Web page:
Lex Solo has asked me to write a blog post about the forms of government in Plato’s Republic, and instead of giving a simple explanation of these, I had to go off topic: Was Plato’s Republic truly a political work? Was he really anti-democratic? Here is some of what I had to say on the matter (the original post on Lex Solo’s blog with the explanation of political forms is here):
Is the Republic a work in psychology?
YES. A lot of people read the Republic as primarily political (given the title, and the fact that it’s taught in political theory classes, and quotes like the one below, it stands to reason) without giving much thought to the questions that kick-start the whole enterprise. But I’m not sure we can take Plato’s political theories here at face value. We must keep in mind that the turning point in the dialogue is when Socrates stops his questioning and begins a rare exposition in which he tries to defend the view that justice is sought out for its own sake. Might does not make right. Doing the right thing will make you happy—quite a claim!—and doing the wrong thing, even if it seems enticing, will only harm you. The individual’s pursuit of justice as happiness is ‘writ large’ for the sake of clarifying the issue. We are to imagine a perfect city as a metaphor for the perfect soul. (We have every right to ask whether this analogy flies, but that’s another question for another day).
The first attempt to “scale up” the just soul is supremely simple. Often referred to as the city of pigs because of its lack of luxuries, it’s grotesque simplicity is the cornerstone of Socratic aesthetics. Each person in the community specializes in a particular skill, such as farming or carpentry, and ‘minds his own business’. There is no need for warfare because no one seeks out anything in life except the bare necessities of food and shelter, etc. Anything but the simplest art forms—maybe a few happy folk tunes, for instance—are deemed frivolous. These simple communal people want for nothing, but Glaucon, Socrates’ interlocutor, finds this city repulsive and insists on an expansion into luxuries which he thinks are necessary for a good life.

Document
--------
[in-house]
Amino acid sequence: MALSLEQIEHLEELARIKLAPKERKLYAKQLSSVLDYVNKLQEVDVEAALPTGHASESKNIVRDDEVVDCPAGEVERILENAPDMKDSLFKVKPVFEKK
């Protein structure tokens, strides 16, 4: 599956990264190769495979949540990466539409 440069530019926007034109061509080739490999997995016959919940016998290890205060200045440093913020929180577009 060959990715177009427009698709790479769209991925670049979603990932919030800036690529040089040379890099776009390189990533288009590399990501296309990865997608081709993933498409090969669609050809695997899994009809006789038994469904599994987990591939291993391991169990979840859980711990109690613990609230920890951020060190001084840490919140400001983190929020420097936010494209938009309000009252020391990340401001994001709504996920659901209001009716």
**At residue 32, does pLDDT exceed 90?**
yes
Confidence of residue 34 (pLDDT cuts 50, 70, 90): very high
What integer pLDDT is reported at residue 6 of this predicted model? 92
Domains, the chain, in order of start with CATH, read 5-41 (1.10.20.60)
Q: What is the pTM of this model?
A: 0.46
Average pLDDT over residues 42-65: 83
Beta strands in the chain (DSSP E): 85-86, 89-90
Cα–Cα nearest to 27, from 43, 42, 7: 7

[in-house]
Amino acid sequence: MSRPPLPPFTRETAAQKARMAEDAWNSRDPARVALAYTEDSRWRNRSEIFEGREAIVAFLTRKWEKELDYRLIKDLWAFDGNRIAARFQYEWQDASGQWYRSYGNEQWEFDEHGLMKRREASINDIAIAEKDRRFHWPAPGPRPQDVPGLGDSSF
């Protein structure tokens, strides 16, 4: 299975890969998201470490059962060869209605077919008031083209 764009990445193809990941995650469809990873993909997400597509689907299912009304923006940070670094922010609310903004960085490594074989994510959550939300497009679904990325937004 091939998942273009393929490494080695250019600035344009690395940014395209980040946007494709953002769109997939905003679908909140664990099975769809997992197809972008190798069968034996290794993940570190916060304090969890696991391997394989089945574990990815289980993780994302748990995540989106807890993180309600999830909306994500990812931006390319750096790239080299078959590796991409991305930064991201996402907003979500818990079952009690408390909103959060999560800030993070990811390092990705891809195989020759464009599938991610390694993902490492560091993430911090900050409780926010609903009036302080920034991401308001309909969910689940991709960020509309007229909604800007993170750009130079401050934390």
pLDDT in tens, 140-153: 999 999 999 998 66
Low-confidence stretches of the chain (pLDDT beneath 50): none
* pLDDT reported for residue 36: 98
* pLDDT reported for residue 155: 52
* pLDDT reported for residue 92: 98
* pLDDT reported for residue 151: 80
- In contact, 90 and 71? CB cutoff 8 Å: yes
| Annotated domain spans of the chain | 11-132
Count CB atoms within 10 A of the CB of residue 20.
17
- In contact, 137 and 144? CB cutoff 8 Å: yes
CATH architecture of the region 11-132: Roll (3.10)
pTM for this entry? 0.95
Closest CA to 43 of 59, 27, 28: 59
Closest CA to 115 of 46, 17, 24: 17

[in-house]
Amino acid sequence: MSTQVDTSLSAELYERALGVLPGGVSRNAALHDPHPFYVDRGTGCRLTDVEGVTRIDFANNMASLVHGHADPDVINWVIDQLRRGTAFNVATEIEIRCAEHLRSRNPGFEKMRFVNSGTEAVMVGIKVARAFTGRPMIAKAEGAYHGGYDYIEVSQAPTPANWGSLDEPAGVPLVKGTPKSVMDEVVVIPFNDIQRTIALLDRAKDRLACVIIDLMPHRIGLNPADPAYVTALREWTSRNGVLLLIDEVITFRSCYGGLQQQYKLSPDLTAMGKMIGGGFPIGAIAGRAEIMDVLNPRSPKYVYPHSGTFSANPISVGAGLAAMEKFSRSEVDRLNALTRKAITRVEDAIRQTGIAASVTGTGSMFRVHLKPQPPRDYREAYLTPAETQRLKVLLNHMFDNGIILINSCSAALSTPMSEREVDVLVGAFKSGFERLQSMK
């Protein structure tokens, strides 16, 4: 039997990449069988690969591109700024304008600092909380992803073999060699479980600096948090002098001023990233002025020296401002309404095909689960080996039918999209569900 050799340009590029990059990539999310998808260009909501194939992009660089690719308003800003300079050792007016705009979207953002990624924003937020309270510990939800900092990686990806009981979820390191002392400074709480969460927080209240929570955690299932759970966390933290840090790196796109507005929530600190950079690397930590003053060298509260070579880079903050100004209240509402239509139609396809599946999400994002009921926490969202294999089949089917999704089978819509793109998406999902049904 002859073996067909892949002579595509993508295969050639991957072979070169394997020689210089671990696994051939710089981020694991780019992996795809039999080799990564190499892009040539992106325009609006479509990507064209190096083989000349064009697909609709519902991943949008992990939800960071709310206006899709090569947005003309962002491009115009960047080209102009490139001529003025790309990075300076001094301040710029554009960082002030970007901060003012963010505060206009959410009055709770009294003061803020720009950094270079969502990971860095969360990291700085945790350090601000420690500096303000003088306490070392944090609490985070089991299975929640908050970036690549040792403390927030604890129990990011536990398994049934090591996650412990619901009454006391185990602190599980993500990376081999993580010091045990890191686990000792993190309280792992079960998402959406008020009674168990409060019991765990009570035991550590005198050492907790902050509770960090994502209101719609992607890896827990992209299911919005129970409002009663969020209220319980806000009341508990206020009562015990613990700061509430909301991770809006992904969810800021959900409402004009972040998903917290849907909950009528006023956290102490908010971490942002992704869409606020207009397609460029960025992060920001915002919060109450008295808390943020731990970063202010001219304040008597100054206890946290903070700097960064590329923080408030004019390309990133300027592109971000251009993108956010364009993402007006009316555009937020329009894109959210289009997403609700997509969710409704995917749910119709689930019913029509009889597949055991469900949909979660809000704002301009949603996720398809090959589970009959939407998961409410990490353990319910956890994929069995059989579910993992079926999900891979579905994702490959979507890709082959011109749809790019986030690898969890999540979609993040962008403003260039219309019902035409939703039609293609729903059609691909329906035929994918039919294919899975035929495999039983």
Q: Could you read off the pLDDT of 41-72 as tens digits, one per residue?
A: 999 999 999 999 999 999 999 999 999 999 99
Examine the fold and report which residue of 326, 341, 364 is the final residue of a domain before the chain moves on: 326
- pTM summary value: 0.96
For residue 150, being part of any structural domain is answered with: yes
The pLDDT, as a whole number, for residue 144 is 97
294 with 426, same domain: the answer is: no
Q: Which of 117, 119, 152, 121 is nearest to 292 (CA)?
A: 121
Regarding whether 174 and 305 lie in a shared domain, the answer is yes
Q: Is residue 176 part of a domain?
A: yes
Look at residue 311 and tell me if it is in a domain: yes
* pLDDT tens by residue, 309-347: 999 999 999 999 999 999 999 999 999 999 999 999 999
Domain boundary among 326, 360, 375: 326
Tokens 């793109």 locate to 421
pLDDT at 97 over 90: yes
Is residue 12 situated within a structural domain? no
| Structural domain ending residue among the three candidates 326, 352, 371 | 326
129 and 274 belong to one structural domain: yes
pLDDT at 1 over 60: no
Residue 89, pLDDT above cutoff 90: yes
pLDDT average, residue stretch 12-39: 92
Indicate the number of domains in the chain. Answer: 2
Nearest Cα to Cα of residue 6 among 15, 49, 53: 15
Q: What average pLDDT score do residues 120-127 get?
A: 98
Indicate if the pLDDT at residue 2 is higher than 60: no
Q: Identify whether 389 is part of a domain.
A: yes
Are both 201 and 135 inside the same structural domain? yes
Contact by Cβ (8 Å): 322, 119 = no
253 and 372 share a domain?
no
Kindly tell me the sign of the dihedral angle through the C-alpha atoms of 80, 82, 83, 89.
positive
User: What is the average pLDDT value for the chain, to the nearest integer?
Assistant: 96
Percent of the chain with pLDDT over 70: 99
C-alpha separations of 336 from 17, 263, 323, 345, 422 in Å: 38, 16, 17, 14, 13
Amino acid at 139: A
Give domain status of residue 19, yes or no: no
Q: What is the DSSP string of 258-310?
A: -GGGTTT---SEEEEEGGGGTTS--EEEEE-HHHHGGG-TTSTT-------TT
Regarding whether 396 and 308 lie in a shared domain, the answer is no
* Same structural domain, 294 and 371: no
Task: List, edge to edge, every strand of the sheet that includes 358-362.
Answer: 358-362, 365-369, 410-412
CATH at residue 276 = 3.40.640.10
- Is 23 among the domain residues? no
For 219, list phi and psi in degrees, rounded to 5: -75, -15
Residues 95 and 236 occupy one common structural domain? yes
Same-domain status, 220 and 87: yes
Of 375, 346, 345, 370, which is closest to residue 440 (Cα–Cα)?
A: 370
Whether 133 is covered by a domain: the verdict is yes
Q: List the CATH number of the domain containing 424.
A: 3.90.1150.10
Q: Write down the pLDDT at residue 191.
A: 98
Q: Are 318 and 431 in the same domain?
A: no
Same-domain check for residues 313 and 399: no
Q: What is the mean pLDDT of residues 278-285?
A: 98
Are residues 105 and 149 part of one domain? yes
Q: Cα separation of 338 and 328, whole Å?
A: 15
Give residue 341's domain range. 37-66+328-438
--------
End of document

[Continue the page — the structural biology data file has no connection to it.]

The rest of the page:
Who doesn’t want to enjoy a nice glass of un-watered-down wine from time to time, right? Maybe a little Tomme de Savoie to go with it?
Who knew you’d have to go to war for it.
From here we move on to the rest of the Republic, which Socrates describes as being in a ‘feverish’ state in which war is necessary to achieve the goal of luxury. A glorious exposition of forms of government, education of the ruling class, etc, follows. So glorious we often forget why we started. At this point it’s important to recognize that what is described from here on out is no longer ideal in the strictest sense, but somehow degenerate, sick. And this premise we should remember to take as a parallel in the human soul.
After the city of pigs, we have nothing but war and strife on a grand scale. Because of our lust for luxury, because of our natural greed, we will never realize a perfect state. The forms of government devolve, degenerate, because of this natural greed. The philosopher kingdom cannot last long.
Many first-time readers of Plato come away thinking the philosopher kingdom is Plato’s ideal polity and that he was nothing but a fascist. It’s certainly true that anti-democratic strains appear here and elsewhere in Plato. But what do we make of the fact that Plato has Socrates include equal rights for women in his just city? There’s definitely more at play here than what meets the eye. Despite what I.F. Stone says on the matter, I don’t believe Plato’s anti-democratic tendencies here reveal what he thought a just government would look like. We have very little idea of what he thought about equal rights and slavery, as not much detail can be gleaned from a project that is not at its heart a pragmatic political treatise.
Socrates’ city of pigs is the garden of Eden from which we have been expelled. Let’s take this back down to the psyche. To achieve a city of pigs within myself, I would have to stop lusting for anything but bare necessities. In reducing my desires to this simple state, I could achieve happiness.
But then I’d be a pig.
And yes, your dog is your superior. But everyone already knows this. (Scroll down to the dog question).
The truth of it is, we have desires for things beyond the necessities of life. This is what it means to be human. How do we satiate our desires? Is it possible to achieve happiness in a sick soul? Should we start a war with life, seeking goods outside ourselves, chasing fame and wealth and pleasure? No, because in the end, we come up dissatisfied. But dammit, it’s who we are.
Not all is lost, though. We have reason, the only medicine that will cure the ailment of being human. Using reason as our guiding light to temper our excess desire, we can in our moderation achieve something like inner justice, happiness. This happiness wavers—we’re only human, after all!—and it degenerates from time to time when other influences take over, but a renewal, a vigilance, can perhaps bring about an imperfect—and maybe for that reason a more glorious and spectacular—harmony of the soul.